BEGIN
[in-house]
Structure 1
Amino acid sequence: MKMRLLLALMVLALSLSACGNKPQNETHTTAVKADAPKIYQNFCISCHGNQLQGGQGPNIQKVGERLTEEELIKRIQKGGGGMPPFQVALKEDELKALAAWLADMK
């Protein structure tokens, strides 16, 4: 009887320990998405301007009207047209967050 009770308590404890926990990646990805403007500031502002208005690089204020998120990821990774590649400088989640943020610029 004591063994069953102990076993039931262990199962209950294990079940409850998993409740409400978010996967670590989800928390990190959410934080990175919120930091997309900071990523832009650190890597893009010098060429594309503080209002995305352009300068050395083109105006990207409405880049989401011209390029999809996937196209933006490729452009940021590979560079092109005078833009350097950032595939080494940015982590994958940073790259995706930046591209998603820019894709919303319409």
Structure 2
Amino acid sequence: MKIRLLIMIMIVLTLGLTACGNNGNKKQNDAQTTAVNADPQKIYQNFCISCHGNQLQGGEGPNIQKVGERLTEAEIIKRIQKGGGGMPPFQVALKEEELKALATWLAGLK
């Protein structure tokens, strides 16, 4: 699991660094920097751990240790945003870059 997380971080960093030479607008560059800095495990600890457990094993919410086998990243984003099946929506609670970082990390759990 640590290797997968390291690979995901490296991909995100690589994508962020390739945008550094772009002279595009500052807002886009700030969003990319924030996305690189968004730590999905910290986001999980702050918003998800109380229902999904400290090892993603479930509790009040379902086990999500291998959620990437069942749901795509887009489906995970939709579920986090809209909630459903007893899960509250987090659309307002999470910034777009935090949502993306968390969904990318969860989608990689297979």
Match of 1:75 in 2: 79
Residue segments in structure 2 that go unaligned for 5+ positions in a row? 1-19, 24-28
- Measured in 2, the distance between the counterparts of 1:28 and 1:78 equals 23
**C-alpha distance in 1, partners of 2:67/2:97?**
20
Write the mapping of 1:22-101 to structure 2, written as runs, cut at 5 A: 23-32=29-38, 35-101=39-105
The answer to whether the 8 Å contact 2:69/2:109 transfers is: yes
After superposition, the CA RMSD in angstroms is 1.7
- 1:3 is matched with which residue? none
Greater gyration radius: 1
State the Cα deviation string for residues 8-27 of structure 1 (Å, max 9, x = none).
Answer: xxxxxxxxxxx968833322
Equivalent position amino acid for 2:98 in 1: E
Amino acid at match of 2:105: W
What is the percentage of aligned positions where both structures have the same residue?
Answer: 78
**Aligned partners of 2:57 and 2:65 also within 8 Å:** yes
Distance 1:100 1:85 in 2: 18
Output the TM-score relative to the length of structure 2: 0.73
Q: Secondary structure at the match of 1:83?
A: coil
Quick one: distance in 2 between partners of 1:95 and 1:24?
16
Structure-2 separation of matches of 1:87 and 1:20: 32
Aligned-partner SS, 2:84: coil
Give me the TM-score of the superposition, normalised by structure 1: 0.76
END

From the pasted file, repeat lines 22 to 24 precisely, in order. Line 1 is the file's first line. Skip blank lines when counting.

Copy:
What is the percentage of aligned positions where both structures have the same residue?
Answer: 78
**Aligned partners of 2:57 and 2:65 also within 8 Å:** yes